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  Another Windmill for Tilting?
From: DAVID LEEDY <djleedy at sbcglobal.net> on 2013.01.27 at 14:19:55(22770)

Condition #3 on my Permit to Import Plants: "A phytosanitary certificate must accompany all propagative material imported under this permit."

I am corresponding with an individual in the UK growing plants in his back yard as I am doing here. I would like to obtain two or three bulbs of one of the plants he is growing (an Arum). The cost and other requirements of the authorities in the UK are so burdensome as to prohibit the type of exchange we would like to make.

He states: "If you have tangled with Plant Health in the UK you will understand why I don't want to get wrapped up in it. Last time I worked with the system it would only accept applications for imports through the online system, and the online system would only accept shipments of fruit and vegetables in container loads. The telephone helpline advised me to lie on my application! I."

Today, I received a letter from Michael Watson, Acting Executive Director of APHIS (USDA), in response to my inquiry, stating:

“…there is no exception to the regulatory requirement for a phytosanitary certificate when importing small quantities of bulbs or tubers. Bulbs and tubers are a more likely pathway for pests and disease. Accordingly, we require that the importer obtain a phytosanitary certificate issued by the national plant health authorities of the country of export. These certificates provide assurance that the plant or plant product has been inspected and found free of plant pests and diseases prior to its entry into the United States. While we understand that obtaining a phytosanitary certificate may be inconvenient and can add to the cost of doing business, we assure you that this requirement is necessary to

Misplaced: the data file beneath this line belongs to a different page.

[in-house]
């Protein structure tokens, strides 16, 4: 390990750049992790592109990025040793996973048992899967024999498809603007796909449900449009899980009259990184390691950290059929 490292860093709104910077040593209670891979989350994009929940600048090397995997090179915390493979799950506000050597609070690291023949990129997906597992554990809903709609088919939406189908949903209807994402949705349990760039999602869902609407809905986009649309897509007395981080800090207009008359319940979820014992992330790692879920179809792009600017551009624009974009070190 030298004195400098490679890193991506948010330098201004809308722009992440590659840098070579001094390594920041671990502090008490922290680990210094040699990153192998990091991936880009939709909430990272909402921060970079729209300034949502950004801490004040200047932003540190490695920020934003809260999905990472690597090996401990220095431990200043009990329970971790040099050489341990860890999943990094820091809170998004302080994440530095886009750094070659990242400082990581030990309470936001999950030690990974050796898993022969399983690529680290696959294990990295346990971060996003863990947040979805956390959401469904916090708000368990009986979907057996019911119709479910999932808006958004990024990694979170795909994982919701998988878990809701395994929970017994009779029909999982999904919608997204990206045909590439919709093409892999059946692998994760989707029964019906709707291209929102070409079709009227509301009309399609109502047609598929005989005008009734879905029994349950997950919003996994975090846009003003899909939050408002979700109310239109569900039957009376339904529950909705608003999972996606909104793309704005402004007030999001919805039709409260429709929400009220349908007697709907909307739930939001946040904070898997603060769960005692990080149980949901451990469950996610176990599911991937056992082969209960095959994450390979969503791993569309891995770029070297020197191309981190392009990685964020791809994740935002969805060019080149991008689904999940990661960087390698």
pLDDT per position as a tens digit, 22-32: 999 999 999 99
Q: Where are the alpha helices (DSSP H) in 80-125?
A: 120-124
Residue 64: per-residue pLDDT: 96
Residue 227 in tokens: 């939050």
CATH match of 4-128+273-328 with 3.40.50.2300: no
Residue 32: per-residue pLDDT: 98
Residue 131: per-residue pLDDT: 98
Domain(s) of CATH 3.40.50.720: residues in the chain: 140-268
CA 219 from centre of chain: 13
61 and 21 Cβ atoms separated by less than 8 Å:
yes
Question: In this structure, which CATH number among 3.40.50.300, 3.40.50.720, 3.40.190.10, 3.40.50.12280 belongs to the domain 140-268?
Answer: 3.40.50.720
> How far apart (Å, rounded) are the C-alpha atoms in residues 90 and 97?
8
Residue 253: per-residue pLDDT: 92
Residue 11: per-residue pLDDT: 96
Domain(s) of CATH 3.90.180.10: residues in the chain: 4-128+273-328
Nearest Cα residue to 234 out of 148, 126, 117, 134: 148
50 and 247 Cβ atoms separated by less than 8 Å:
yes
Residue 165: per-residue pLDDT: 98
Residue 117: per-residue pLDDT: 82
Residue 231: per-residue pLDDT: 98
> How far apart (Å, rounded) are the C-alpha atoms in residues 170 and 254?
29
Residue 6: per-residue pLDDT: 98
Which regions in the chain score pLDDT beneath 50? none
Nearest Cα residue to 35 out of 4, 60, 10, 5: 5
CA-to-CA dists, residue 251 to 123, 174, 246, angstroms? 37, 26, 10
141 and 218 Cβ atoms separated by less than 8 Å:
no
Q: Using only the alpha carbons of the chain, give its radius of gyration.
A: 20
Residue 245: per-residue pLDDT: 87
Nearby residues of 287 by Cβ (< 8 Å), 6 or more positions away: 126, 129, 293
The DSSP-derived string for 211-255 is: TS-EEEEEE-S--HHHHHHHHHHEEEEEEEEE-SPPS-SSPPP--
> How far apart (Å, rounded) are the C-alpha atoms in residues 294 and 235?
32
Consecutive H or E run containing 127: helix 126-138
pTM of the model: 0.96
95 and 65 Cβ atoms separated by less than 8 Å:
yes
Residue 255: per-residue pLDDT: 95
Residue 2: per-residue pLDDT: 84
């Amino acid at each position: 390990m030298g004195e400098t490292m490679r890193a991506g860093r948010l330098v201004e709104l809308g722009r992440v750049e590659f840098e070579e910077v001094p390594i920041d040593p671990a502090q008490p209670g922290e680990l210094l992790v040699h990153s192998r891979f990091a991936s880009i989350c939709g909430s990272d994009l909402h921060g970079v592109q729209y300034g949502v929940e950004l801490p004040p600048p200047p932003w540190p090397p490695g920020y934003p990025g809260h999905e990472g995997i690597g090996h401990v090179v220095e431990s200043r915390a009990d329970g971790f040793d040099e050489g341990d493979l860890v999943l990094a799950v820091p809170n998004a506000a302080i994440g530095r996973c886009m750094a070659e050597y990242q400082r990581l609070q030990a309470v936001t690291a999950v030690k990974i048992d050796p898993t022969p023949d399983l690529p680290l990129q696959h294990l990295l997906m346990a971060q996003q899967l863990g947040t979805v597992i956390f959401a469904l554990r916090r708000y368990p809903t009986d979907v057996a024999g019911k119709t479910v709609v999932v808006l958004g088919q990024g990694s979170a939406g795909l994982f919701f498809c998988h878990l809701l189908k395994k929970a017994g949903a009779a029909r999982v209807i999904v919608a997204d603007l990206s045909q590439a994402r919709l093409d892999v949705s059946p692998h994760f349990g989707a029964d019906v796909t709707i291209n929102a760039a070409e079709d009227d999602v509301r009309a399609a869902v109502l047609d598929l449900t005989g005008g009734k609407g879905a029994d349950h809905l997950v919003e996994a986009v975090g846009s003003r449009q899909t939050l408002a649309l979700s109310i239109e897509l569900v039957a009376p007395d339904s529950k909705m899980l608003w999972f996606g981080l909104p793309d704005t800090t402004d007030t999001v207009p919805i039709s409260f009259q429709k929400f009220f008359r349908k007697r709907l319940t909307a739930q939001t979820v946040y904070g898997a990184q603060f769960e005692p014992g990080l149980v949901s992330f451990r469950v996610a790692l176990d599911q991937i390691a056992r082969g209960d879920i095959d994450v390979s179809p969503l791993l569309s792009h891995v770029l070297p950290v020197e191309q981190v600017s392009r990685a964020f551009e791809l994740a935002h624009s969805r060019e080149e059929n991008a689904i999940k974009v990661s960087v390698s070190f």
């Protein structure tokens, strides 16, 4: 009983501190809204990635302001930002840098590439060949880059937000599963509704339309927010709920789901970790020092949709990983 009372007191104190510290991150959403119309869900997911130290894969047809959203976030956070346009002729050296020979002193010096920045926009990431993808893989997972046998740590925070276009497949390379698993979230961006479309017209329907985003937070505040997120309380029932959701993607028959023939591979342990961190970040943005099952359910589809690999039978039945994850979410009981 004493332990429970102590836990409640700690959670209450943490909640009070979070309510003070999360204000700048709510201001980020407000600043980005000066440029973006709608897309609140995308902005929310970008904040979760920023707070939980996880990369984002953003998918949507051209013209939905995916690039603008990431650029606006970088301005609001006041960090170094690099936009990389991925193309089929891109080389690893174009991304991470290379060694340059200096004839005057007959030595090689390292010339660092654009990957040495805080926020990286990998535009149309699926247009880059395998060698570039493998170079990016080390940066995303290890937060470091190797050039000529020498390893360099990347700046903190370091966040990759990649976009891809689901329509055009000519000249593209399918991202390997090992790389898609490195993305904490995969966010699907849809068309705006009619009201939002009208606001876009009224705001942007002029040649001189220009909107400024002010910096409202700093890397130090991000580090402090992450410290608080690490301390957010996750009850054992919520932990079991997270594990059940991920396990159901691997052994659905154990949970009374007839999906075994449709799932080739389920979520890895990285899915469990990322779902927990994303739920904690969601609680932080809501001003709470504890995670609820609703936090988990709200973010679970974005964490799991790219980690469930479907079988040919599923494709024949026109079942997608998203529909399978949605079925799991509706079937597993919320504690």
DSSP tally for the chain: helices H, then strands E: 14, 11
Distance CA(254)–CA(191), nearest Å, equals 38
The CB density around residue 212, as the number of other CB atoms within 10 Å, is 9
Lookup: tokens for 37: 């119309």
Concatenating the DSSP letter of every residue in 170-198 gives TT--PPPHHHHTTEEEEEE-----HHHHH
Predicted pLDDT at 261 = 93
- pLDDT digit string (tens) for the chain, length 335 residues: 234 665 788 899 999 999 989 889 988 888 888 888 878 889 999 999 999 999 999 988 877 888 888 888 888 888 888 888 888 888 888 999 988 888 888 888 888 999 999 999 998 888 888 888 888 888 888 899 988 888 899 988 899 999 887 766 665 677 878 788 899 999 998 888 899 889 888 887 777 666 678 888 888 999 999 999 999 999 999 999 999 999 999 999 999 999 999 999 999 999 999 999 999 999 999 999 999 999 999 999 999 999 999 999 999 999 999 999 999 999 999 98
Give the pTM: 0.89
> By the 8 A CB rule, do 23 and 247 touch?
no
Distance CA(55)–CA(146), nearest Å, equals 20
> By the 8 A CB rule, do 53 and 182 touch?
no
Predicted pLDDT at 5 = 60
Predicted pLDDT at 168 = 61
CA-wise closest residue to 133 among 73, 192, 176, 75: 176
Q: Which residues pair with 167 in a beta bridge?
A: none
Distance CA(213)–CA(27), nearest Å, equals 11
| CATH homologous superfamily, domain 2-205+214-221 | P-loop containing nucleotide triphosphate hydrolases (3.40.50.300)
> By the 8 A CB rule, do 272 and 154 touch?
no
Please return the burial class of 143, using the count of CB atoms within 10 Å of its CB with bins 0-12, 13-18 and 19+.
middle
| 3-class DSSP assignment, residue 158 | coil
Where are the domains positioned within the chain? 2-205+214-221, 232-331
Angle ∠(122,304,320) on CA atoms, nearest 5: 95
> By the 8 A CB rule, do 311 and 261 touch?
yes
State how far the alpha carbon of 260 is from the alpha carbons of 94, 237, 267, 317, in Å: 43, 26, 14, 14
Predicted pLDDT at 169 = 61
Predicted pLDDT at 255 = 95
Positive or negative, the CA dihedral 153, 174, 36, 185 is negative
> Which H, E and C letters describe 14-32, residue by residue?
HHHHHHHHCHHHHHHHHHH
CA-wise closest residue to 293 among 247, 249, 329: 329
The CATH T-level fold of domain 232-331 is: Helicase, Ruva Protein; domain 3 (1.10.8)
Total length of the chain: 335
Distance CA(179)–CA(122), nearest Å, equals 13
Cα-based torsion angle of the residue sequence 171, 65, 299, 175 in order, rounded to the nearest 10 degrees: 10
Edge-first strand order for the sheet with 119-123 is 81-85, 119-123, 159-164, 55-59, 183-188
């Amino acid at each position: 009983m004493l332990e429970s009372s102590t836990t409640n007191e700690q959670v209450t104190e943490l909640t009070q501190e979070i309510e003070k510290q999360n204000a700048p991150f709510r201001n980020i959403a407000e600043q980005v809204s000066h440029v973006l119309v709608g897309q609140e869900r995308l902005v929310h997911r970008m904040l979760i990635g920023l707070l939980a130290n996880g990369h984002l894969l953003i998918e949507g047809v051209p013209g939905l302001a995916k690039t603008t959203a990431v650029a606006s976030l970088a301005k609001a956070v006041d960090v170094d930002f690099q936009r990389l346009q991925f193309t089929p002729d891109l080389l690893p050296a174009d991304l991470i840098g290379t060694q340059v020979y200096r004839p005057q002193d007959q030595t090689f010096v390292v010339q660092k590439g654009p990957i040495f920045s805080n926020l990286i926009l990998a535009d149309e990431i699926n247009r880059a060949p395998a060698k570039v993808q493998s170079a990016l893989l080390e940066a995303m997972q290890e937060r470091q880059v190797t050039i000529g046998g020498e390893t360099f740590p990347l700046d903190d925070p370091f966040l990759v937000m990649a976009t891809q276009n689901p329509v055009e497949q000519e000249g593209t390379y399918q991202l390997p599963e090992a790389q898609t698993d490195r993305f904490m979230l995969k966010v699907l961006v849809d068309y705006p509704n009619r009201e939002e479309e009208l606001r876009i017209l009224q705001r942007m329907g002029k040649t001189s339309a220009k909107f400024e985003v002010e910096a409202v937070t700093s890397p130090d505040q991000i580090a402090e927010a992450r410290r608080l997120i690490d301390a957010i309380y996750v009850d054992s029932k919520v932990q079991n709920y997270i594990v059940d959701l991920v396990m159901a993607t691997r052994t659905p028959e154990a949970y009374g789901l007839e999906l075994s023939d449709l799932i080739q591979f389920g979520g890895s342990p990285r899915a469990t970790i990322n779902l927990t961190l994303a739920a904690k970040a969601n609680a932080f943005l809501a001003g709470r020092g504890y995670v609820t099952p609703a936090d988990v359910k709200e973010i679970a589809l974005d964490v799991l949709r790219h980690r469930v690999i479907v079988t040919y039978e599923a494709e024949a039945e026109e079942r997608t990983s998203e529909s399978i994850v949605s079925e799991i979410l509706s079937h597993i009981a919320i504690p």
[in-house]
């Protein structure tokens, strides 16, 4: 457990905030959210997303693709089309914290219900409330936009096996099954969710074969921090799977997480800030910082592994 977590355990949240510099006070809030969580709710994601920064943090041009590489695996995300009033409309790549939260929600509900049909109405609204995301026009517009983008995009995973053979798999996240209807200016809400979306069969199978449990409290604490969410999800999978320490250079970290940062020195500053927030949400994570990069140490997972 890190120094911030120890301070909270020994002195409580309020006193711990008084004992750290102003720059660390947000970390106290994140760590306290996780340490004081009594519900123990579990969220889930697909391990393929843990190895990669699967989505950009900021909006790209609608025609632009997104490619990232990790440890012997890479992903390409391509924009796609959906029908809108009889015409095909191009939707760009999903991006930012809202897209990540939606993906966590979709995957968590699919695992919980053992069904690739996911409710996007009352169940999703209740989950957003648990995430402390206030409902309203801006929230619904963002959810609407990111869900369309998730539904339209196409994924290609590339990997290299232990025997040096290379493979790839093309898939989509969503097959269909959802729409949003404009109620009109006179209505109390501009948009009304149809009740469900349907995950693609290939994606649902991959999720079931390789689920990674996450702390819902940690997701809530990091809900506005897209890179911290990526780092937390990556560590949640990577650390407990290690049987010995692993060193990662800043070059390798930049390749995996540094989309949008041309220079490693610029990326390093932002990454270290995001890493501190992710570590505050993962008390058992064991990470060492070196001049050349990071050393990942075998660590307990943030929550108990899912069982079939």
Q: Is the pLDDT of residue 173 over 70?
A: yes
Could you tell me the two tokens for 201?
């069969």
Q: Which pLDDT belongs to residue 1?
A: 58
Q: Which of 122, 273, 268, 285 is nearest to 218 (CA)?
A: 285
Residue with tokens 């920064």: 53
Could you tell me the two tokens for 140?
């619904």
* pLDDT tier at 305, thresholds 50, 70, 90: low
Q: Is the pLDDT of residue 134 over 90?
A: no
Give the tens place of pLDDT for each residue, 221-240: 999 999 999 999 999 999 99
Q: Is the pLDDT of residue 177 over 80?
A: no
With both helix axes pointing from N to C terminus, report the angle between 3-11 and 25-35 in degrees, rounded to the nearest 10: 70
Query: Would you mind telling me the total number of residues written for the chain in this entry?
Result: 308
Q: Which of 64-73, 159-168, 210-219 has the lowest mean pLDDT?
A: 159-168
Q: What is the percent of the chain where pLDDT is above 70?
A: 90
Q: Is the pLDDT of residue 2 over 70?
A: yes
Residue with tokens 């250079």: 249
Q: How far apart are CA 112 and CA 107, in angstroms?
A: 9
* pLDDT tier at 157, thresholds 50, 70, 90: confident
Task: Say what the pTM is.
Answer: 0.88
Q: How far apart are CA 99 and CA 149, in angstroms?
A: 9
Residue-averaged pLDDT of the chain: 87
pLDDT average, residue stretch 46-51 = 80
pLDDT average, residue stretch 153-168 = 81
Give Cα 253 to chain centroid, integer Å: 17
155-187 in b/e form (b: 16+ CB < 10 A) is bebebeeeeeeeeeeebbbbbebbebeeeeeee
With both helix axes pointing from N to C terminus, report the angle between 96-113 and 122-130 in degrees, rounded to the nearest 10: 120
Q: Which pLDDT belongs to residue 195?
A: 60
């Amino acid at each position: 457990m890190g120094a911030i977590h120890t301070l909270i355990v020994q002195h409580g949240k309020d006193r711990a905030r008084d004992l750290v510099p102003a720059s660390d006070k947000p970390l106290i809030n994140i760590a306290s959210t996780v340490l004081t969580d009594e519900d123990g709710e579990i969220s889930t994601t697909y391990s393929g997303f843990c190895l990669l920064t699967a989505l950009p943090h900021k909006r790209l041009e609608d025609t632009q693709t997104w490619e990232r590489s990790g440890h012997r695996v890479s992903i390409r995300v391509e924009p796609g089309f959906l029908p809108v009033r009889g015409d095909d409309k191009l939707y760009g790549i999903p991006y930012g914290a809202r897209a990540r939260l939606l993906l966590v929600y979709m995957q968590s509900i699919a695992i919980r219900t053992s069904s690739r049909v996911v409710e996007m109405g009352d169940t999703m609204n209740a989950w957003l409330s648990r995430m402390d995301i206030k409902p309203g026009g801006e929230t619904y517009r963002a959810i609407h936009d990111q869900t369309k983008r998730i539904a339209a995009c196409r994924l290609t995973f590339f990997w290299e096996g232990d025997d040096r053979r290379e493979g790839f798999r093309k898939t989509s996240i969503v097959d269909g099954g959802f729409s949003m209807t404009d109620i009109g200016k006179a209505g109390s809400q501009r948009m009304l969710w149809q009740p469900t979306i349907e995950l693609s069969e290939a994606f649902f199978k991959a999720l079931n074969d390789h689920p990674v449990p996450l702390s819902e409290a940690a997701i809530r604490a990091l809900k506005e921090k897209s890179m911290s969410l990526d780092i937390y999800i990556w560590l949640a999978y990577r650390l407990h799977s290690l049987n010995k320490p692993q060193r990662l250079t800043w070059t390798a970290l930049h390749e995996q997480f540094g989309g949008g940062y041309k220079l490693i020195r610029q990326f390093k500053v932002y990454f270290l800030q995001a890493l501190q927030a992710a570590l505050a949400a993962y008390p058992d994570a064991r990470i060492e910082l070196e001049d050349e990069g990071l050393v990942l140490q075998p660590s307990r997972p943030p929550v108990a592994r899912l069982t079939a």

protect American agriculture.”



From: "John Criswick" <criswick at spiceisle.com> on 2013.01.27 at 19:19:47(22771)
Dear David,

It has become increasingly obvious in recent years that plant health authorities are trying to make it impossible for plant collectors to transport plants from country to country, leaving only large commercial growers able to comply with their demands.

This is to ignore the tremendous contribution made by non-commercial plantsmen to horticulture for centuries. To them we owe the rich diversity of horticultural material available to us. Yes it IS a cause worth battling for !




From: Ken Mosher <ken at spatulacity.com> on 2013.01.27 at 22:29:01(22772)

To answer your questions:

1) Probably virtually none.

2) No, I wouldn't go all quixotic on this issue. A man 1/3 of your
age wouldn't get anywhere with it in his lifetime.

Not that I'd ever counsel anyone to break the law (not publicly,
anyway), when sending small packages via the postal service there is
almost no chance the package will be opened and inspected. If you
and your British trading partner were simply to box up a small
number of tubers and declare something like "birthday gift" on the
customs form you are both very likely to receive your packages
without drama.

Naturally I have no personal experience with such subterfuge, but
I've heard stories whispered in the corners of smoky bars in
disreputable sections of town.

Good growing,




From: Theodore Held <oppenhauser2001 at gmail.com> on 2013.01.29 at 18:47:15(22774)
Oh, dear, this sounds like a windmill immune to tilting.

1. How much American agriculture is really protected by this
requirement, particularly as it relates to exchanges of small
quantities of bulbs and tubers between hobbyists? Is anyone aware of
any studies?

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